The Gendered Nature of Liquefied Petroleum Adoption and Use in Rural India

Journal of Development Studies, 2019

59 Pages Posted: 9 Sep 2019

Date Written: August 30, 2019


Clean cooking fuels promise substantial health benefits for rural households, but almost three billion people continue to rely on traditional biomass for their cooking needs. We explore the role of gender in the adoption of LPG, a clean cooking fuel, in rural India. Given that women are responsible for most households’ cooking needs, we propose that gender inequality is an obstacle to LPG adoption because men may fail to appreciate the full benefits of clean cooking fuels. Using data for 8,563 households from the ACCESS survey, we demonstrate that households where women participate in decision-making are more likely to adopt LPG for cooking than households in which a man is the sole decision-maker. We extend our analytic framework to evaluate the relationship between household characteristics and LPG and firewood use. Access and cylinder costs were both negatively associated with LPG use and while LPG adoption reduced firewood use, fuel stacking remains the norm in study households. This study has implications for future policy designs to increase LPG adoption and use to obtain the multiple benefits of cleaner cooking.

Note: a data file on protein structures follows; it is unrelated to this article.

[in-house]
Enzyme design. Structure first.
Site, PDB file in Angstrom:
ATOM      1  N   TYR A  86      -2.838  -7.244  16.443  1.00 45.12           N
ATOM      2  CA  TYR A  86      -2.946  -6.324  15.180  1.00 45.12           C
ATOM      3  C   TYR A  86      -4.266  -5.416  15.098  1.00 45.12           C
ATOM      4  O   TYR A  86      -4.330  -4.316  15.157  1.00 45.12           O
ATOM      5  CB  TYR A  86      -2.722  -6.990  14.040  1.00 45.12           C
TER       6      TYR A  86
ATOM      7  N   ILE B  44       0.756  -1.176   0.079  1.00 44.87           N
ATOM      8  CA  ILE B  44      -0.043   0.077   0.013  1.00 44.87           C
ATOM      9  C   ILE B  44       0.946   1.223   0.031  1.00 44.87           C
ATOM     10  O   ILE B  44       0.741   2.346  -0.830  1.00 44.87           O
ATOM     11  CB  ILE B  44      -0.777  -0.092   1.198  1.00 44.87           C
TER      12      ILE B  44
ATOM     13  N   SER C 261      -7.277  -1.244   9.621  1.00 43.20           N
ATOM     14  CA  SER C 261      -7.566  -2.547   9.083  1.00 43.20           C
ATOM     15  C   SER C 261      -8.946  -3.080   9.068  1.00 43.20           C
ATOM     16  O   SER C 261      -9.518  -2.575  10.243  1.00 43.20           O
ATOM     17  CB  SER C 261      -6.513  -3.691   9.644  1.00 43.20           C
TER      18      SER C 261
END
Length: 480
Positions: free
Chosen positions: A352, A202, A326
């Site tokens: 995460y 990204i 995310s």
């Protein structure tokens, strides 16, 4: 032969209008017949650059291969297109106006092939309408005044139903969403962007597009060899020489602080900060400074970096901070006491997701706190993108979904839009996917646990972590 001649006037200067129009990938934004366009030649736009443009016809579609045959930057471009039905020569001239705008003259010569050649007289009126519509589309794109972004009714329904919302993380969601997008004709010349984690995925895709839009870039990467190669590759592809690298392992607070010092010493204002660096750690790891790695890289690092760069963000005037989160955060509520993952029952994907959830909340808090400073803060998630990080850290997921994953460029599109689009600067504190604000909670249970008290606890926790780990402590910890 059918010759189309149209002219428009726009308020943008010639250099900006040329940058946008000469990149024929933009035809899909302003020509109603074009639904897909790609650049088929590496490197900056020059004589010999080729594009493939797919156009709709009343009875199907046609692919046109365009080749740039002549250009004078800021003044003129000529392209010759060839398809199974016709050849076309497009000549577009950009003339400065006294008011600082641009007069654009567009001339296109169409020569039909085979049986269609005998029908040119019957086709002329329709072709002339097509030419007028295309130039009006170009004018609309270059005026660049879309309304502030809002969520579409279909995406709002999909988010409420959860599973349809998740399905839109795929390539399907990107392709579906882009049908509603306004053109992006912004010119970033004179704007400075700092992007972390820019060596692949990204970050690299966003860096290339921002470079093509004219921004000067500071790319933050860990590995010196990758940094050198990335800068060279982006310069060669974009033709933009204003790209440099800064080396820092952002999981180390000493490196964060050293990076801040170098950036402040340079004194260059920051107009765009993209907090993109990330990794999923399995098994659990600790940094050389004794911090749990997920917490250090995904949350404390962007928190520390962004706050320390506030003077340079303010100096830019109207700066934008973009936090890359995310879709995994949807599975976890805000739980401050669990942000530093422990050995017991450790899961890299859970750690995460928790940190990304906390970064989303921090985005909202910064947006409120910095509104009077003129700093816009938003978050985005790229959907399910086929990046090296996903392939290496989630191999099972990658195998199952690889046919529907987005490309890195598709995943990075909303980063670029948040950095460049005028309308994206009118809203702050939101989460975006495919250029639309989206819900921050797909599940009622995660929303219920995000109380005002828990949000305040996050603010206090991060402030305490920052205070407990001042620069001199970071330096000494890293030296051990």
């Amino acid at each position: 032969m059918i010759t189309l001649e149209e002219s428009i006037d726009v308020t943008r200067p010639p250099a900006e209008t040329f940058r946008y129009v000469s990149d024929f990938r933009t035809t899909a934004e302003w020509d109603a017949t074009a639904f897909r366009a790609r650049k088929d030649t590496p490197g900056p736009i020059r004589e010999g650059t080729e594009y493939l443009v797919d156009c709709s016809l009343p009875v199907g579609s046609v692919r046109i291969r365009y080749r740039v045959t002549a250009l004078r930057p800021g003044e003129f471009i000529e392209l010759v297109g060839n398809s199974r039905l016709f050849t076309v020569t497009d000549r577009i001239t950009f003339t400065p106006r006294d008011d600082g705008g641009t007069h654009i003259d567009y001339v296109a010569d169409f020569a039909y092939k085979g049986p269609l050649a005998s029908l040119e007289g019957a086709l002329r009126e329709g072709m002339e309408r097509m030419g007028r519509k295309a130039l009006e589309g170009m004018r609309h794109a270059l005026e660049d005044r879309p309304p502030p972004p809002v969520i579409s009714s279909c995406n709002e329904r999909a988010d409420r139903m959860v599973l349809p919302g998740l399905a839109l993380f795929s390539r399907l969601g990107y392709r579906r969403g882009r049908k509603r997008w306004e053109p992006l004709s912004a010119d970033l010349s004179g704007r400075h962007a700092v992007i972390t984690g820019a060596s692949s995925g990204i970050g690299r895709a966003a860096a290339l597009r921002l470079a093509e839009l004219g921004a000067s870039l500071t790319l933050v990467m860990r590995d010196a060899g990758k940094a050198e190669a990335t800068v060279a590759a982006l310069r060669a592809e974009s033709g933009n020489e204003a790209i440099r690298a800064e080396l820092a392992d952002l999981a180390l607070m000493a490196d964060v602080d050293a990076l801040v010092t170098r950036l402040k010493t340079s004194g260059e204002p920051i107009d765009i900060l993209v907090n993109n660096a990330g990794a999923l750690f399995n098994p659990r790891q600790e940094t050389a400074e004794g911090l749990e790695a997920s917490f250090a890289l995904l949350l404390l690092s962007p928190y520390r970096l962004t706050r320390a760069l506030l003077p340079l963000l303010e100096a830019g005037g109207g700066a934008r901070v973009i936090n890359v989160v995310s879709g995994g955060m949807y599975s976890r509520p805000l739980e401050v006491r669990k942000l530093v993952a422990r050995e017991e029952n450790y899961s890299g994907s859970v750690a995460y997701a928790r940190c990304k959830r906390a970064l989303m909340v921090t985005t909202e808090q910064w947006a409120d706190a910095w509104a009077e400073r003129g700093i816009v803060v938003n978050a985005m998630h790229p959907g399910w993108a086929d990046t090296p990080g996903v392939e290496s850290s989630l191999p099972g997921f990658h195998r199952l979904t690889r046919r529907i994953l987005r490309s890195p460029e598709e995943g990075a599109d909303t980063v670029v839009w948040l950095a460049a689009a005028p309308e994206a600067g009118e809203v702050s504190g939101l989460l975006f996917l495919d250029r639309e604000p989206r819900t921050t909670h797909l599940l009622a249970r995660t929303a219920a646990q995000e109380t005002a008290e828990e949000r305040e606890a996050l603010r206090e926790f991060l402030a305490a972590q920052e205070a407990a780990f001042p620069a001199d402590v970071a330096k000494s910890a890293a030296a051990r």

Keywords: India, energy poverty, clean cooking, gender

Suggested Citation

Gould, Carlos and Urpelainen, Johannes, The Gendered Nature of Liquefied Petroleum Adoption and Use in Rural India (August 30, 2019). Journal of Development Studies, 2019. Available at SSRN:

Carlos Gould

Columbia University ( email )

3022 Broadway
New York, NY 10027
United States

Johannes Urpelainen (Contact Author)

Johns Hopkins SAIS ( email )

1740 Massachusetts Avenue, NW
Washington, DC 20036-1984
United States

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